Mark Hancock's 50 Tips for Pronunciation Teaching

Appeared in: 
Speak Out!, 64, 79-81.
Review by: 
Robin Walker
Mark Hancock's 50 Tips for Pronunciation Teaching -

This review first appeared in the newsletter of the IATEFL Pronunciation Special Interest Group. For more information about membership and the events and publications of this group go to

Spoiler alert. I know Mark Hancock. But there again, so do many members of the PronSIG, so that puts most of us in the same boat. Second spoiler. Over the years, Mark and I have talked a lot about pronunciation teaching and share many things in common as to what matters and why. Final spoiler. I thought Pronunciation Games (CUP, 1995) was brilliant. I’m coming clean about all of this so that it is absolutely clear where I’m reviewing 50 tips for teaching pronunciation from. But at the same time, my personal perspective had me looking at Mark’s new book wondering, ‘Will it be as good as his earlier work?’, ‘Will he have been forced to offer tips so as to make up the ‘50’?’, or ‘Will a book of tips have enough structure?’.

The book is in three sections. These respond to the key questions in pronunciation teaching of Why, What and How? Section A deals with Why and offers tips on choosing goals and models, which it does from the viewpoint of the learner, the teacher, and the teaching context. The first of these tips sets the scene for the whole book. In it, Mark makes a strong case for intelligibility as the central focus of pronunciation teaching. This stance is nothing new to anyone who has been close to developments in pronunciation teaching these last twenty years or so, but it’s a message that has somehow not been widely taken up in terms of classroom practice, so it’s pleasing to see it so well laid out in Section A.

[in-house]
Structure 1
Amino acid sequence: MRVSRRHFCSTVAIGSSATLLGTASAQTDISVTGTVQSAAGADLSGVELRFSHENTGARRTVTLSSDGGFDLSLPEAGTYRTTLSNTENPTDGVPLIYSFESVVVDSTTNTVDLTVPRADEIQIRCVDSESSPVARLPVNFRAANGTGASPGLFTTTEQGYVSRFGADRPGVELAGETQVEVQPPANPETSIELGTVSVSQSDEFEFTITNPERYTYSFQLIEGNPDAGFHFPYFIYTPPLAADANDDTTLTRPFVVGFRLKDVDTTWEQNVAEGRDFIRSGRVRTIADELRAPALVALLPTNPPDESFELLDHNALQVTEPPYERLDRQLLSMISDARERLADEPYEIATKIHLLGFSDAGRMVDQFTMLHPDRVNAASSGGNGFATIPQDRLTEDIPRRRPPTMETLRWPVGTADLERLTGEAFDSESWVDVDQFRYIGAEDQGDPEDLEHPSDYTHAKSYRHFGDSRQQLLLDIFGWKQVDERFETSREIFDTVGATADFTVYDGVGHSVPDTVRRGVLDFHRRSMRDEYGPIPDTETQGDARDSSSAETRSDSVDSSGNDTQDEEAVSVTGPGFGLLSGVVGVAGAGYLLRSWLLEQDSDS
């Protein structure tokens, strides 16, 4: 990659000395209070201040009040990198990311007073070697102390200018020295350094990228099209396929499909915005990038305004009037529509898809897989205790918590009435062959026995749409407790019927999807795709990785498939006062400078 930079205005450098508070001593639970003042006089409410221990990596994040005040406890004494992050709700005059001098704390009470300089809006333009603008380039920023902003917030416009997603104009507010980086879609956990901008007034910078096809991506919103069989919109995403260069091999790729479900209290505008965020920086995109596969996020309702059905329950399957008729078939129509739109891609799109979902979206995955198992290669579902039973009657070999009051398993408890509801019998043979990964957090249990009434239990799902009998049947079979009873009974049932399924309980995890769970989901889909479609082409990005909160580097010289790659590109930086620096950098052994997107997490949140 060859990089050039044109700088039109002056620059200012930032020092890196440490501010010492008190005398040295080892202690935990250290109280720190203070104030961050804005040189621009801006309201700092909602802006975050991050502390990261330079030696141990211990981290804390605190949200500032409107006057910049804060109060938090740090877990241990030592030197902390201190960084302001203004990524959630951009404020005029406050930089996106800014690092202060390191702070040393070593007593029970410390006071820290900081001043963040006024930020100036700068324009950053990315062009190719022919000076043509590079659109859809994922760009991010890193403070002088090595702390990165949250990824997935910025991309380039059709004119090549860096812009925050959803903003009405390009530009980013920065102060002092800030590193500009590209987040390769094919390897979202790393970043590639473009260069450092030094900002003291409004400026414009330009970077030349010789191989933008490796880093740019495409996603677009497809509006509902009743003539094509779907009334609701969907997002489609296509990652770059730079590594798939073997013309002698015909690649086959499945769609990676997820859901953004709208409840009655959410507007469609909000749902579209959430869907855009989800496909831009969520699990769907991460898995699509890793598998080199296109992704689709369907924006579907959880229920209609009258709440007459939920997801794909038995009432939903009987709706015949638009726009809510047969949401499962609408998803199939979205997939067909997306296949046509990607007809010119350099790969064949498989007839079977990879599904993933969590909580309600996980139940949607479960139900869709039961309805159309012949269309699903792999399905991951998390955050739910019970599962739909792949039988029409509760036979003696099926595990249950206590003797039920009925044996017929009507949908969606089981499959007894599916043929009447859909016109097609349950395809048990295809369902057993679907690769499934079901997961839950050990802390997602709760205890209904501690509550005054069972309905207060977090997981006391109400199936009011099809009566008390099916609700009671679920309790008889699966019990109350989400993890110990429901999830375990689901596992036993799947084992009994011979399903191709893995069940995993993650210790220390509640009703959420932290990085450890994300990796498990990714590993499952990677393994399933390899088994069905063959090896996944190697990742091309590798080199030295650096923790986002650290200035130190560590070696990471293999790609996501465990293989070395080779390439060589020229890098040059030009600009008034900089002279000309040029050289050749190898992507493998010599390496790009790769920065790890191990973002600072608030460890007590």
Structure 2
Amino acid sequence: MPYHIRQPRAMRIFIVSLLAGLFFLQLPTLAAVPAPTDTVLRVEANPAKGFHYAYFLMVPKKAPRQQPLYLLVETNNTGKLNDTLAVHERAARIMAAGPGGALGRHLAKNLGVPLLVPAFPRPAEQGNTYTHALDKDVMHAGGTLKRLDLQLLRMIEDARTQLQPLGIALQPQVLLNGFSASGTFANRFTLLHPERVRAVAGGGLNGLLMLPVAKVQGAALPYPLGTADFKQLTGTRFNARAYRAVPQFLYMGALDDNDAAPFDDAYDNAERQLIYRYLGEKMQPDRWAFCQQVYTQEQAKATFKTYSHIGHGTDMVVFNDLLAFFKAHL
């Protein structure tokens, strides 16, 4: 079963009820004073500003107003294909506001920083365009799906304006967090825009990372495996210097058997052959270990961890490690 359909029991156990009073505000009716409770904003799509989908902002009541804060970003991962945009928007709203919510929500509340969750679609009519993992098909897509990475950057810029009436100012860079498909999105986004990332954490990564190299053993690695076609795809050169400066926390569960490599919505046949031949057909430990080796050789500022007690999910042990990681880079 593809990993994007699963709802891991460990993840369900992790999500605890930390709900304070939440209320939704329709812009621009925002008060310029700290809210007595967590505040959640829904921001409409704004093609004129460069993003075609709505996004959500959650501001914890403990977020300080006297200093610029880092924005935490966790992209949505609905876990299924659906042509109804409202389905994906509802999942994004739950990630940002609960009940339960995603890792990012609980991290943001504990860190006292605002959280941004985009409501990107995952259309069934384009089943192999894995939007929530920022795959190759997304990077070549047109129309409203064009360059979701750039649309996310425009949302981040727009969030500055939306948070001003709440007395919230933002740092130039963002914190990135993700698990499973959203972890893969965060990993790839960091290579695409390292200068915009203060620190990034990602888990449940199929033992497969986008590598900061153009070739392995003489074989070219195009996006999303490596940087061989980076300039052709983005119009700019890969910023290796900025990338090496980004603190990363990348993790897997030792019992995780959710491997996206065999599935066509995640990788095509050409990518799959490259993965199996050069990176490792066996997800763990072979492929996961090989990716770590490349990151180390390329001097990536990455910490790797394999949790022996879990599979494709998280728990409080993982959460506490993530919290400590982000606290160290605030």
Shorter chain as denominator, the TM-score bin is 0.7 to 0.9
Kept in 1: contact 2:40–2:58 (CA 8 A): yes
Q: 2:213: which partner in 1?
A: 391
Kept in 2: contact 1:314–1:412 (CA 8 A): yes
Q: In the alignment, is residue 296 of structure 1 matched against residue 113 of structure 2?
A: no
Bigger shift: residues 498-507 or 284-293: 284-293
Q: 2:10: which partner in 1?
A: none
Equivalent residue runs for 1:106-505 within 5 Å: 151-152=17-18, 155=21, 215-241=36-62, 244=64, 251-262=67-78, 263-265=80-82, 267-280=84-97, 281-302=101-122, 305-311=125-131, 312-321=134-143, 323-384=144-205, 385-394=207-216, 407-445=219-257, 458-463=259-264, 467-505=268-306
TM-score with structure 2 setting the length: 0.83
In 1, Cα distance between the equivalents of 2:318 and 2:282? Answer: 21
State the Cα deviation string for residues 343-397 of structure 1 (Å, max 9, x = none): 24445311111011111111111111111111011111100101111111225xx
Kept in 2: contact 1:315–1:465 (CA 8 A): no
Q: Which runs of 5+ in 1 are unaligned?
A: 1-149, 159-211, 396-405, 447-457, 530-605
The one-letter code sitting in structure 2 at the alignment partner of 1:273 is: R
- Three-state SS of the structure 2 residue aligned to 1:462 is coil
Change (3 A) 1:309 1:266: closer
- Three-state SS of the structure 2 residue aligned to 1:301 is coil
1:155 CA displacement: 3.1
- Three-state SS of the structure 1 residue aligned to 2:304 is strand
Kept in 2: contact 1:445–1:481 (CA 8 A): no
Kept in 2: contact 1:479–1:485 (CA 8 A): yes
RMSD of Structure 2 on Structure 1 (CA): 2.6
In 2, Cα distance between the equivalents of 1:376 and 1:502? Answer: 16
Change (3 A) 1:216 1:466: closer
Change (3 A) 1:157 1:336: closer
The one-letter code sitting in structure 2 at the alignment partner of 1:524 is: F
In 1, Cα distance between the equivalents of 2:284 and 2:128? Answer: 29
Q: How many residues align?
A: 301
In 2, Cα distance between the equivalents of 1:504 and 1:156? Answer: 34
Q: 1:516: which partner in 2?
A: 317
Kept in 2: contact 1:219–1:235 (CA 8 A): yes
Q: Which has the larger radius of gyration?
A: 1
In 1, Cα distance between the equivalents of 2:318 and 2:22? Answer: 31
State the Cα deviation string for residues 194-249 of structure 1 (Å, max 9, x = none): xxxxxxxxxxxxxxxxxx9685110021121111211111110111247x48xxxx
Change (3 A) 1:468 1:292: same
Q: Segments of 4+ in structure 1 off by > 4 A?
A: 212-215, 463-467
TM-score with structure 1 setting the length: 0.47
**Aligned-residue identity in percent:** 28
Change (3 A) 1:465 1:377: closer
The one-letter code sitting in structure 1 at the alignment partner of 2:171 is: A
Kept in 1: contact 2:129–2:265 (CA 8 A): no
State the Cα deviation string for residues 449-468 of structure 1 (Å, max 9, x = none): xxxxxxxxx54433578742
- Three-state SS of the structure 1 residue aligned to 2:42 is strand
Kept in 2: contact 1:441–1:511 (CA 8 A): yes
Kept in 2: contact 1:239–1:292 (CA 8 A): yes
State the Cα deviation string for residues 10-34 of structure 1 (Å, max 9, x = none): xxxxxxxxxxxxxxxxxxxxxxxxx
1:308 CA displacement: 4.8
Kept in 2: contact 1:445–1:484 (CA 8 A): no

Section B is about What, and, after advocating being selective when teaching pronunciation, and not being afraid to simplify rules and explanations, Mark moves on to offer expert guidance on the bread-and-butter issues. There are tips on teaching consonants and vowels, tips on connected speech, and tips on stress and intonation. But there are also valuable tips on sounds, symbols and spelling, as well as on integrating pronunciation into everyday teaching. Readers will welcome both of these subsections as they dip into areas that are all too easily overlooked.

Section C tackles the How of pronunciation teaching. There are almost twenty tips here, and they look not only at the presentation and practice of different aspects of pronunciation, but also at how we might go about feedback and assessment. As with spelling, this is an area that is all too often overlooked. Three final tips suggest ways we can use or create resources for teaching and learning purposes, whilst supporting all fifty tips there are four appendices and a glossary.